Gillian Anderson in the 2001 film-version of House of Mirth.
The heroine of Edith Wharton's 1905 novel The House of Mirth, Lily Bart might have been the first modern-day party girl. The story takes places against the backdrop of New York high-society in the 1890s. Long before Carrie in Sex and the City, before Mary in Party Girl and even before Holly Golightly in Breakfast and Tiffany's, Lily Bart was the prototypical single girl in New York, the last one at the party when everyone else has moved on.
For the past 11 years, the lively and beautiful Lily has been a fixture in the fast crowd and on the social scene. Though once wealthy, a series of misfortunes changed that, a situation worsened by gambling debts that she has accrued. Lily decides that her only way to escape the fate that is rapidly closing in on her is to find a wealthy husband.
Author Edith Wharton
Lily's plan for finding one is to say yes to every social engagement she's offered, but she soon finds that she can no longer afford the fashions that she once considered so important. "If I were shabby no one would have me: a woman is asked out as much for her clothes as for herself. The clothes are the background, the frame, if you like: they don't make success, but they are a part of it," she says.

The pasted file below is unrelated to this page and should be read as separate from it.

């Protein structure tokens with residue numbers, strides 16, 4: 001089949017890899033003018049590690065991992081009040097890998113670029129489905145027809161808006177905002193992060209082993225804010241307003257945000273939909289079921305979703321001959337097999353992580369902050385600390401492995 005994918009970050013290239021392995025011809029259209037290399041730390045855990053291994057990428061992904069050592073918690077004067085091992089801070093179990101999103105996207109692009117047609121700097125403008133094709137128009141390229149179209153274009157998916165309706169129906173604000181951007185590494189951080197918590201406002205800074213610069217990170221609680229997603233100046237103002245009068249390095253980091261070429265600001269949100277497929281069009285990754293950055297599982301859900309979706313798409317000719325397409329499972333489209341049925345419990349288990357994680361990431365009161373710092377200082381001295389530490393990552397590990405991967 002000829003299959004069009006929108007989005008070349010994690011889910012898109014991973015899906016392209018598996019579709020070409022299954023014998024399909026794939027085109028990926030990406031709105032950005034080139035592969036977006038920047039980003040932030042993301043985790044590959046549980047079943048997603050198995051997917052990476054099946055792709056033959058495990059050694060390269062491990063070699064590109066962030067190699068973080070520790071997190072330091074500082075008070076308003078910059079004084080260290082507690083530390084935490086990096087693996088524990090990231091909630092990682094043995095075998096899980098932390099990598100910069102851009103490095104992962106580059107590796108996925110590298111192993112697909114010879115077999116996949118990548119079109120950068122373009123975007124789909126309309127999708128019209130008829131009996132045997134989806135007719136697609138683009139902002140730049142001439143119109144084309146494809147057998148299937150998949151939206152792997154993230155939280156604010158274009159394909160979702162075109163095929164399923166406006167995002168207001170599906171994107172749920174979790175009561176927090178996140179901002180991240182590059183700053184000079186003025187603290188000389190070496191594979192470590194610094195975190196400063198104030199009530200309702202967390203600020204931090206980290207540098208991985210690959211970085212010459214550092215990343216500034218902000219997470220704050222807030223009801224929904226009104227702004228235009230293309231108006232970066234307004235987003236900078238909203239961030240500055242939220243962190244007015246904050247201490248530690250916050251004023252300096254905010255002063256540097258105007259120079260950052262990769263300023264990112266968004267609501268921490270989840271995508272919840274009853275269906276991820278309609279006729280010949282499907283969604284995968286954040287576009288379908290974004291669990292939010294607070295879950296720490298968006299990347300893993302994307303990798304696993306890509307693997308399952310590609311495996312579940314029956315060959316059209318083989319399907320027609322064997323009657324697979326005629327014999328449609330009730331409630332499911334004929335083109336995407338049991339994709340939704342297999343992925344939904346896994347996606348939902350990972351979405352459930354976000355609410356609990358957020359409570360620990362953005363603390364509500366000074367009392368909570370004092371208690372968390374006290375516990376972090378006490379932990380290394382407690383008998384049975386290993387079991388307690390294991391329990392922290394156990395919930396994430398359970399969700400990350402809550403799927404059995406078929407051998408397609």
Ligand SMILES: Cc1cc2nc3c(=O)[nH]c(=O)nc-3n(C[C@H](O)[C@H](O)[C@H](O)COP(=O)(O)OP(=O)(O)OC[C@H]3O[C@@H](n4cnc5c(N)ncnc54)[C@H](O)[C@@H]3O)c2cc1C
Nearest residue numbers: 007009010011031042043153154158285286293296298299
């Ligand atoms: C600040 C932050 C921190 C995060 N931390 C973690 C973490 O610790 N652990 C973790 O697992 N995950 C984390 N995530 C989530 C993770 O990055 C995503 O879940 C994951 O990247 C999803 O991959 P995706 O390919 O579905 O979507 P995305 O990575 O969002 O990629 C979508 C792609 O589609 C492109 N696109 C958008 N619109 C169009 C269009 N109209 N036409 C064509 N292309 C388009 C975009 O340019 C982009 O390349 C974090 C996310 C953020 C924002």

But now, at 29 Lily's beauty is fading, and she's forced to come to terms with the fact that "younger and plainer girls were being married off by the dozens." It doesn't help matters that, in the past, Lily turned down several marriage proposals because she considered the suitors weren't good enough for her. "I have been about too long," Lily complains, "People are tired of me."
Sadly, The House of Mirth is not a story that ends happily ever after and Lily never does find her prince, and it's a true tearjerker.
But, in no way should that keep you from going out tonight, and you're probably going to need something to wear.